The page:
I had a comment on the J# serialization post that I took as , “J# is insufficient to entice J2xE developers.”
J# isn’t really about enticing developers “away from” a different platform. [ by my view, that is a pretty narrow way of looking at the world of developers anyway, as if there was only a binary choice. Who doubts that the universe of choices in development just keeps exploding? We are in the big bang of choices. ]
The way I look at it, J# is just one of a stable of languages supported on .NET. You can use C# or VB, but if you know COBOL, there’s a CLR compiler for COBOL. Fortran, Lisp, whatever. Now it is true that Smalltalk.NET is not quite the same as Smalltalk. Most “languages” are really platforms or at least meta-platforms. Look at Java: as a developer who writes code, you think of Java as a language, but it really combines a language syntax with a virtual machine environment (incl a memory model) and a standard class library. C++ works the same way – it is not possible to conceive of C++ without the standard libraries. likewise Vb. So if you graft .NET onto an exiting lang/metaplatform, you inexorably change the nature of the language. It’s adulterated. Martha, is that a Good or Bad Thing? Depends on your perspective. If you’re a purist, it’s a Bad Thing. If you are a pragmatist, maybe it’s a Good Thing. Regardless, the point is that it is possible to use languages you already know on a .NET runtime, with the .NET libraries.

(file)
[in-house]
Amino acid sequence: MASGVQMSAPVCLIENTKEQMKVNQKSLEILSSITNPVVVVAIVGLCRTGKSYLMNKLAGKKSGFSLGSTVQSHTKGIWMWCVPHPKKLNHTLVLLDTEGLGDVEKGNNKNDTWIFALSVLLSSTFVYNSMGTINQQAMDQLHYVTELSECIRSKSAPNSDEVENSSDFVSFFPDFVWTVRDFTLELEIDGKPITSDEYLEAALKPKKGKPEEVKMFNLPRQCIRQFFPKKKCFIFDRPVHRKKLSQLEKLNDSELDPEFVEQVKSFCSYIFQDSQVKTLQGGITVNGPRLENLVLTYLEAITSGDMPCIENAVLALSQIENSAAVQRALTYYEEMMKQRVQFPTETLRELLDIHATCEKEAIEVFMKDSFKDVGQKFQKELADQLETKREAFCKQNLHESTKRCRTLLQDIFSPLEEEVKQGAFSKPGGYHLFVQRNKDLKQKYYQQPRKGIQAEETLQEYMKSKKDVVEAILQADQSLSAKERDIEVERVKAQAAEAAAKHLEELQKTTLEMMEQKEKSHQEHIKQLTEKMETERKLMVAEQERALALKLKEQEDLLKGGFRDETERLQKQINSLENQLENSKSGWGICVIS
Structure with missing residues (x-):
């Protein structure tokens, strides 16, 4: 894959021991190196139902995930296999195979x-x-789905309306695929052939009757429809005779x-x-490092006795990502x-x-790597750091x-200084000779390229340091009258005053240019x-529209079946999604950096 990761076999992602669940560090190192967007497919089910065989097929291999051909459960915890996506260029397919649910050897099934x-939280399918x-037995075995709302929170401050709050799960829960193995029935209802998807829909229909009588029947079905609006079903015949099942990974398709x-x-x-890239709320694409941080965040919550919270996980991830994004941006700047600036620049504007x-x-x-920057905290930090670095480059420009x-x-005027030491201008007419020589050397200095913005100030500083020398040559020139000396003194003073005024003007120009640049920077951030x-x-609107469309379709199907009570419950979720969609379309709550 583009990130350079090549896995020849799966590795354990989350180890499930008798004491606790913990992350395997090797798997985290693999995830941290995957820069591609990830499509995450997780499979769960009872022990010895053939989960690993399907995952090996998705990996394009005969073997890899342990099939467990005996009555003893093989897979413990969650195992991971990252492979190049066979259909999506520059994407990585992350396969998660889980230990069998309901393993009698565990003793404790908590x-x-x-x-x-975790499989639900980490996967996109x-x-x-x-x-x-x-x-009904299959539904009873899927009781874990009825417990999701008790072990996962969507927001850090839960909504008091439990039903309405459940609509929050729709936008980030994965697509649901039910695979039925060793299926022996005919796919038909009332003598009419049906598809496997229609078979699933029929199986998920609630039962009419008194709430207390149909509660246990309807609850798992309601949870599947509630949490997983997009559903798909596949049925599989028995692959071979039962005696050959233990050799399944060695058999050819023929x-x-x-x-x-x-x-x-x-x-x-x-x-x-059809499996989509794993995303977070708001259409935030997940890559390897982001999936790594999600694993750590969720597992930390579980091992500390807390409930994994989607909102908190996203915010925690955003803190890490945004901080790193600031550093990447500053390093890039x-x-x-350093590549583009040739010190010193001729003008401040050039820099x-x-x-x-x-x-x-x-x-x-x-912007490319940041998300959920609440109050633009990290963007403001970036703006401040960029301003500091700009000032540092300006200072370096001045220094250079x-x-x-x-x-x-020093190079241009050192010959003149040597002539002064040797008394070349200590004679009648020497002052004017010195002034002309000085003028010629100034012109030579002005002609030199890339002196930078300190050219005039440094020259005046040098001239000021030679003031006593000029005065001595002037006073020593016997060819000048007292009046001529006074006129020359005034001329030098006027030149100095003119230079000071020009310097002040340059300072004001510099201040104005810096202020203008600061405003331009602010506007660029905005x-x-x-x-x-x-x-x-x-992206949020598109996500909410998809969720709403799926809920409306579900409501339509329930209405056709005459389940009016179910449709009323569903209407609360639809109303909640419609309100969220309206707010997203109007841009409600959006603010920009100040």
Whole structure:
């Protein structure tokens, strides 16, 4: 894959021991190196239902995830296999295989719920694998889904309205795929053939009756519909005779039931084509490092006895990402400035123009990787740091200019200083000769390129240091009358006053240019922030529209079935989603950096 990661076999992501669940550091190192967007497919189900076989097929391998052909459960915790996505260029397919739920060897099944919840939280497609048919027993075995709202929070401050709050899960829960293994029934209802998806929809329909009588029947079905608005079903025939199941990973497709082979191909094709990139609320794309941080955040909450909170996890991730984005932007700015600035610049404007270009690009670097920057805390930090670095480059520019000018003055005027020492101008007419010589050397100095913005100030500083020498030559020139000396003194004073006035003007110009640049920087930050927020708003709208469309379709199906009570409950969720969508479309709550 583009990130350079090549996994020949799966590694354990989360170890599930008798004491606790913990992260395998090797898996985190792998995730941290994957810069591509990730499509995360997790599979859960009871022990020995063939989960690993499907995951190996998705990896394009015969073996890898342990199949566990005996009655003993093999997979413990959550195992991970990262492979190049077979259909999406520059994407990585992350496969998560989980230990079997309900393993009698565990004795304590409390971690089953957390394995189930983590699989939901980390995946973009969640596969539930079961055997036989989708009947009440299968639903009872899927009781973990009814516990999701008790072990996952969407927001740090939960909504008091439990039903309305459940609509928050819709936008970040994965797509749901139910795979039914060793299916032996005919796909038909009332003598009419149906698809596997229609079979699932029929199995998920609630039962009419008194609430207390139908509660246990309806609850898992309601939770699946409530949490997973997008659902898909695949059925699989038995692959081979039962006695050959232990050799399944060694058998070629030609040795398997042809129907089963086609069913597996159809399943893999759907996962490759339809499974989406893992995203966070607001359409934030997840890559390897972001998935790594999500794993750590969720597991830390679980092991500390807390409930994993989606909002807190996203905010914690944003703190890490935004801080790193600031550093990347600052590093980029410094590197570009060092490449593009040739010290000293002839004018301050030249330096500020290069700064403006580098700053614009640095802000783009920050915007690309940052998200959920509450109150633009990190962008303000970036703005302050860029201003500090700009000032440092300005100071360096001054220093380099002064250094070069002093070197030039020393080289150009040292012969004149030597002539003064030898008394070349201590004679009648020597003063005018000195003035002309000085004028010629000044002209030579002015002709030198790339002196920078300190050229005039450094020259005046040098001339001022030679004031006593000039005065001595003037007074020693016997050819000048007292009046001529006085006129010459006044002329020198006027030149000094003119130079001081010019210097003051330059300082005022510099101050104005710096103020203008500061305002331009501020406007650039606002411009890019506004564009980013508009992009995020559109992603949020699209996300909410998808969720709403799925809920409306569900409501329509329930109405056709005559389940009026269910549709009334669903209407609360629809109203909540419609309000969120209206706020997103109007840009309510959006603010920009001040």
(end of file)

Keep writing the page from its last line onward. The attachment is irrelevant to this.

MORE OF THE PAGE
But what I really wanted to say this: The multi-lang philosophy is very consistent with, and just another side of, strong interop capabilities. Here’s why: both interop and multi-language enable people to get more done with what they already have – whether the thing they have is a programming skill or familiarity with language syntax, or an operational system that is running with known behavior and performance. The .NET approach is to enable maximum use of those things. [Speaking of language syntax, VB still baffles me.] That’s the core philosophy behind .NET that drives these features.
Interop isn’t an absolute virtue, like dark chocolate or speyside single malt whisky. Interop is good for a practical reason. Multi-lang support on a runtime is good for the same reason: Boring old ROI. You get more stuff done.
What catalyzed this thought was a couple of items I saw this morning on the multi-language support in .NET:
- a blog entry from David Berlind of ZDNet that (a) says it’s nice to be multi-lingual, and (b) reports some Java efforts to do the same thing. For example, Tim Bray at Sun convened a pow-wow to explore the idea.
- an article in the January 2005 DDJ discussing a port of Jacl to .NET. For those who haven’t updated their Acronym encyclopedias, Jacl is a TCL interpreter written in Java. TCL is a This looks really useful for adding scripting capabilities to .NET apps. If you’ve every been captivated by TCL, you now can TCL on .NET. You cannot get the insightful article online, gotta buy the issue of DDJ for that. But you can get the code for Jacl.NET.